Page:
serious bugs with it that I will no longer recommend it to anybody.

    1) Eats 185MB of RAM when it isn't running

    2) Doesn't restore from some USB drives

    3) May not restore if the build number is different

    4) I also have pages of others problems with Acronis True Image. ATI has
    let me down way too many times. Paragon Drive Backup works so much more
    reliable than ATI. Although Paragon also eats RAM when it isn't even
    running. So I don't install it anymore, but just run it from the CD
    instead. The CD offers fewer options, but it does backup and restore
    partitions correctly. Only problem I had is with 800x480 netbook
    screens. As the CD won't work with them and I use Ghost32 with BartPE
    instead with them.

    --
    Bill
    Gateway MX6124 ('06 era) 1 of 3 - Windows XP SP2
     
  5. BillW50

    BillW50 Flightless Bird

    In news:-O1MhKpWQLHA.796@TK2MSFTNGP02.phx.gbl,
    Big_Al typed on Sat, 21 Aug 2010 15:51:34 -0400:
    > ... like Acronis True Image Home (it does both clone
    > and images), and make images of both C: and D: drives obviously on
    > another drive like a USB drive.


    Nope, Acronis True Image fails on many USB drives. Backup works just
    fine, it just fails to restore on some USB drives. Plus it eats 185MB
    worth of RAM even when it isn't running. Acronis True Image has let me
    down way too often and it is nothing but pure junk! I can't believe
    there are many people recommending this piece of junk, seriously.

    --
    Bill
    Gateway MX6124 ('06 era) 1 of 3 - Windows XP SP2
     
  6. VanguardLH

    VanguardLH Flightless Bird

    Steve wrote:

    > I just received an XP system that has continual problems with storage on the
    > C Drive.
    >
    > When the drive was divided (or whatever), the small 15GB Drives named C:
    > The remaining large D drive (300GB or so, has the applications).
    >
    > Any suggestions (other than reformatting the whole hard drive), on how I can
    > set the D drive up as the main drive so that this system is not always
    > running out of space on the C drive? Or what do you suggest?


    "Received" could mean the host was donated or sold to you. In either
    case, you should ALWAYS wipe the hard disks and do a FRESH install of
    any operating system. You will then discover if you actually have a
    legitimate copy of the OS to install as well as all those applications
    rather than starting with a polluted setup. When installing the OS, you
    can elect to delete all partitions and then create just one partition
    that spans the entire disk.

    You don't know what illegal content or other problems lay in wait on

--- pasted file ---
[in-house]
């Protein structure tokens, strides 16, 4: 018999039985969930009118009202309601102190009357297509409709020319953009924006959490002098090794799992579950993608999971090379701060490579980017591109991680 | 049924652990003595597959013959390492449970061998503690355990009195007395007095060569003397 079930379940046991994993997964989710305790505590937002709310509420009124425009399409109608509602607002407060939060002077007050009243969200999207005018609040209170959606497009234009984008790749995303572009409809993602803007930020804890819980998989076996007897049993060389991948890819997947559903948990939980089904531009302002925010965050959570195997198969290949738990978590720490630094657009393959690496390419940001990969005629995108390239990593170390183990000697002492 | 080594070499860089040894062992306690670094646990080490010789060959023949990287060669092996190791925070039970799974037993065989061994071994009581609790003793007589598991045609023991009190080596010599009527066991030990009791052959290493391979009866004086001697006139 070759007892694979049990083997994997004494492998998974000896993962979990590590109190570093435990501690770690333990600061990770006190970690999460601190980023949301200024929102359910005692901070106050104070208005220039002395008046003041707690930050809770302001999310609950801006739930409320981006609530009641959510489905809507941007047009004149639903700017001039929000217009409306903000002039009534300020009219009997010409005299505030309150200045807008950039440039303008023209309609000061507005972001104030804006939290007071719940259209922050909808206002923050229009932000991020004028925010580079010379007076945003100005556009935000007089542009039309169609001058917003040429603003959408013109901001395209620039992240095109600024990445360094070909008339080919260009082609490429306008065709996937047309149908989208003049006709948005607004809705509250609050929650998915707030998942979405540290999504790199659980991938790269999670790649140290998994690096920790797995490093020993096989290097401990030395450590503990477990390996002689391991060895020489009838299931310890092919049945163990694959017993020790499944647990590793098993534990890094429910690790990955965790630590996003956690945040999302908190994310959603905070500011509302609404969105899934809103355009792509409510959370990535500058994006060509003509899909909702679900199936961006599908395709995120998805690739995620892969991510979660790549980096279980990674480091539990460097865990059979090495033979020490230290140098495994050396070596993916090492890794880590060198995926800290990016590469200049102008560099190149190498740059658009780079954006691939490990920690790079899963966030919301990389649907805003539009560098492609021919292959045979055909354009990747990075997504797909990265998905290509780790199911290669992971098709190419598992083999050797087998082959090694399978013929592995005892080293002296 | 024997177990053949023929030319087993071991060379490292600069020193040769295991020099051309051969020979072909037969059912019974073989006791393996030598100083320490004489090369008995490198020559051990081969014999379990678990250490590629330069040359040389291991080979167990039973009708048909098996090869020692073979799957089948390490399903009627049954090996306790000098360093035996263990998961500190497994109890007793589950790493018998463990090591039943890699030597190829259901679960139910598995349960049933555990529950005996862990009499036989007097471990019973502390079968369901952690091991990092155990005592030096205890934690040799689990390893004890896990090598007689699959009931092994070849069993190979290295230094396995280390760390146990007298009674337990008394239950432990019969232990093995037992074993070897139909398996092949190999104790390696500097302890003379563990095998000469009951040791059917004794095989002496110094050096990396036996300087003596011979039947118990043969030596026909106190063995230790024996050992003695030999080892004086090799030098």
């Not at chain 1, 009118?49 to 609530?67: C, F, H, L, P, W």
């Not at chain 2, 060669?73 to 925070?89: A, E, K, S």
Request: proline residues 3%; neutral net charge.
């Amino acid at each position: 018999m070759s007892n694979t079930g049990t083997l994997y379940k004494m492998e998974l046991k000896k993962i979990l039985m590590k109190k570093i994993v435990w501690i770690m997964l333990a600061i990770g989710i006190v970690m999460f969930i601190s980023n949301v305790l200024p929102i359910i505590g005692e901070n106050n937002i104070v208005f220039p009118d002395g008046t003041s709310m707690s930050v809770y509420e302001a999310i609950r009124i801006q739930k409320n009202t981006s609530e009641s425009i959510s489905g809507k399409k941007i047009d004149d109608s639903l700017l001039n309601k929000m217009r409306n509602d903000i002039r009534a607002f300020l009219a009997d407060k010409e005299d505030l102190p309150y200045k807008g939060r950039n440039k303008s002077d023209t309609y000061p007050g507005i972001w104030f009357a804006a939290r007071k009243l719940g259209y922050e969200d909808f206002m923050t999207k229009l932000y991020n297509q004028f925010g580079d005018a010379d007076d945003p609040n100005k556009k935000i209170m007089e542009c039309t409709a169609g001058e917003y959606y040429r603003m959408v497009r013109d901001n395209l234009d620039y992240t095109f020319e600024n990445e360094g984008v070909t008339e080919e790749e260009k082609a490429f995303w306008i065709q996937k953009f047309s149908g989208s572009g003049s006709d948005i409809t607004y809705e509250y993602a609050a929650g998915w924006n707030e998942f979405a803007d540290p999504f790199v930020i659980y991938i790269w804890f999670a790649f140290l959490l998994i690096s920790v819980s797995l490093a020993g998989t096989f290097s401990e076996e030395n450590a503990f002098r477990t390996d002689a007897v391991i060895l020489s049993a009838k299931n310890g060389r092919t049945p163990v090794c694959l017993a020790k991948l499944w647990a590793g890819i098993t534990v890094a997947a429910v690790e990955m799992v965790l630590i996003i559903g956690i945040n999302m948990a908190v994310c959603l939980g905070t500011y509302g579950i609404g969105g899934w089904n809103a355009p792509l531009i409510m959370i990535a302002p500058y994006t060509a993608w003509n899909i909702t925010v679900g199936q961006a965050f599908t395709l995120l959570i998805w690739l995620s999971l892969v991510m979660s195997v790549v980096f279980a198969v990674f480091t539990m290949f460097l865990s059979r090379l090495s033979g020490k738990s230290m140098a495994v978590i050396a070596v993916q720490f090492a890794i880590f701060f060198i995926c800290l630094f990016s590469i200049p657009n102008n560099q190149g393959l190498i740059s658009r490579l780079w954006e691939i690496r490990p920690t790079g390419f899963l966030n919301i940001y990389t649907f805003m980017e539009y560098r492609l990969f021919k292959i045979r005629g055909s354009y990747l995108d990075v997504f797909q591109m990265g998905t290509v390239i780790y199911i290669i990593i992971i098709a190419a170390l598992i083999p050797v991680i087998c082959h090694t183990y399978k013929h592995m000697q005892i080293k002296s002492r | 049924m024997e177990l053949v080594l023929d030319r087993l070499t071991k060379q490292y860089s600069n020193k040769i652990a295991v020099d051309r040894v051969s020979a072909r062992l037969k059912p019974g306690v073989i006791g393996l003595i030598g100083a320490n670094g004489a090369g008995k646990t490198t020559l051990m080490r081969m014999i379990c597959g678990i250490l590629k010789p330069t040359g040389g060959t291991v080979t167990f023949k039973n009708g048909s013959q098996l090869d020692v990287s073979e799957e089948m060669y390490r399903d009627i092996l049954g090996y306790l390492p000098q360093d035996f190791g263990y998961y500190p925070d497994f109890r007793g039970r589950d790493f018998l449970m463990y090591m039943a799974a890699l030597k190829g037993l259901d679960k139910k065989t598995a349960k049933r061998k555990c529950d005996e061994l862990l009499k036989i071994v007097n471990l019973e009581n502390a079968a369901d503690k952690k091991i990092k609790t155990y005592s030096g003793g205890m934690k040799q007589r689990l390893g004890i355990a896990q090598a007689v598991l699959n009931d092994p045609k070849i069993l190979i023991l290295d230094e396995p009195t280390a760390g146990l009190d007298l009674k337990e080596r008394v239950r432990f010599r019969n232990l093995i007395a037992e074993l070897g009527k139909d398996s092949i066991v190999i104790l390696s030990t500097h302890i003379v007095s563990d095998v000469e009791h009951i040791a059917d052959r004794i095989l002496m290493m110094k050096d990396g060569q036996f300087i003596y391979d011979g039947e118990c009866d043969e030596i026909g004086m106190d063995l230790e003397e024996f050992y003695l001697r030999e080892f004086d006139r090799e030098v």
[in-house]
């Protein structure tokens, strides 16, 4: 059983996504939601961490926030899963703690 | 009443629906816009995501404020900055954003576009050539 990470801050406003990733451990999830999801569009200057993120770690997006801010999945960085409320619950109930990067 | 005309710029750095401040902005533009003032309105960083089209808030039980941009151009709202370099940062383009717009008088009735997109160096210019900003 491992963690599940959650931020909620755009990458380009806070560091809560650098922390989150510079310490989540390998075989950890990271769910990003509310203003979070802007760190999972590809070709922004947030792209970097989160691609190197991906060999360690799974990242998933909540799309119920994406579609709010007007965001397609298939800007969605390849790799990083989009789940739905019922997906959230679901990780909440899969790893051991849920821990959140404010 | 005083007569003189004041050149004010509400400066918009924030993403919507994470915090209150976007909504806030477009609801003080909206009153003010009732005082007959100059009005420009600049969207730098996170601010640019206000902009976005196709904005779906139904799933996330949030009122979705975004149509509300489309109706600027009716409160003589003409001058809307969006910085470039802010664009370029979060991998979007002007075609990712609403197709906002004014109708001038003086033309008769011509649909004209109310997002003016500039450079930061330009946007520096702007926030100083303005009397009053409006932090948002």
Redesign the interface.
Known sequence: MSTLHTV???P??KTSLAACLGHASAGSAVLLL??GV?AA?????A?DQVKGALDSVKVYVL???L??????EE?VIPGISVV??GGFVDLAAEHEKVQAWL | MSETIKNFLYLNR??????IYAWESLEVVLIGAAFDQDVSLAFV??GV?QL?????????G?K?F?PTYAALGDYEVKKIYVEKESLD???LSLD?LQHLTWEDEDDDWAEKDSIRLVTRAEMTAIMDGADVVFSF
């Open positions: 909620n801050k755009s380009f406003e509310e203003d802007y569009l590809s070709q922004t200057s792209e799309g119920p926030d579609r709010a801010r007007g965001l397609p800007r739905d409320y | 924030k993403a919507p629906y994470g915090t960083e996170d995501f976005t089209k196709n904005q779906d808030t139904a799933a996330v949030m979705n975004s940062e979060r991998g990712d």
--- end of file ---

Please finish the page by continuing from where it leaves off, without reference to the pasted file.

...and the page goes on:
that polluted setup. Start with a fresh setup.
     
  7. - Bobb -

    - Bobb - Flightless Bird

    Re: 15GB Drive has documents/Data and D: 300GB drive has applicatio

    I'm not being a wise-guy, but if all apps on D , why is C running out of
    space? Is it " My Documents" ?
    If that's you're only problem, right click on My Documents - properties, and
    make the "Target" on D. Now "you're stuff" will be on D.

    Otherwise, I'd first check what files you CAN mess with.
    Open IE and check its filesize ( default is ... very large - larger than
    needed)
    Make default temp folder on drive D instead ? ( for each account)

    Where is Pagefile ? How big ?
    Right-click My Computer - Properties - Advanced - Performance - how big is
    it ? Where is it ?
    You could make a small one ( or none) on C and make the file on D instead.
    ( the reboot)

    Check for OLD/unused user accounts. Maybe folders still exist for
    non-existent accounts ? Do you NEED a guest account? Admin account ?

    C:/Documents and Settings - check folder filesizes, delete any you don't
    need via Control Panel - Users

    Reboot then download Ccleaner / install ( from D) to get rid of unused
    'stuff'.
    uninstall any unused apps.
    My Computer - right click on C then Disk Cleanup

    "Steve" <Steve@discussions.microsoft.com> wrote in message
    news:537DC95E-4ED8-4E78-8852-97662F712003@microsoft.com...
    >I just received an XP system that has continual problems with storage on
    >the
    > C Drive.
    >
    > When the drive was divided (or whatever), the small 15GB Drives named C:
    > The remaining large D drive (300GB or so, has the applications).
    >
    > Any suggestions (other than reformatting the whole hard drive), on how I
    > can
    > set the D drive up as the main drive so that this system is not always
    > running out of space on the C drive? Or what do you suggest?
    >
    > Obviously I am looking for a quick easy solution to frustrating problem I
    > inherited.
    >
    > Thanks,
    >
    > Steve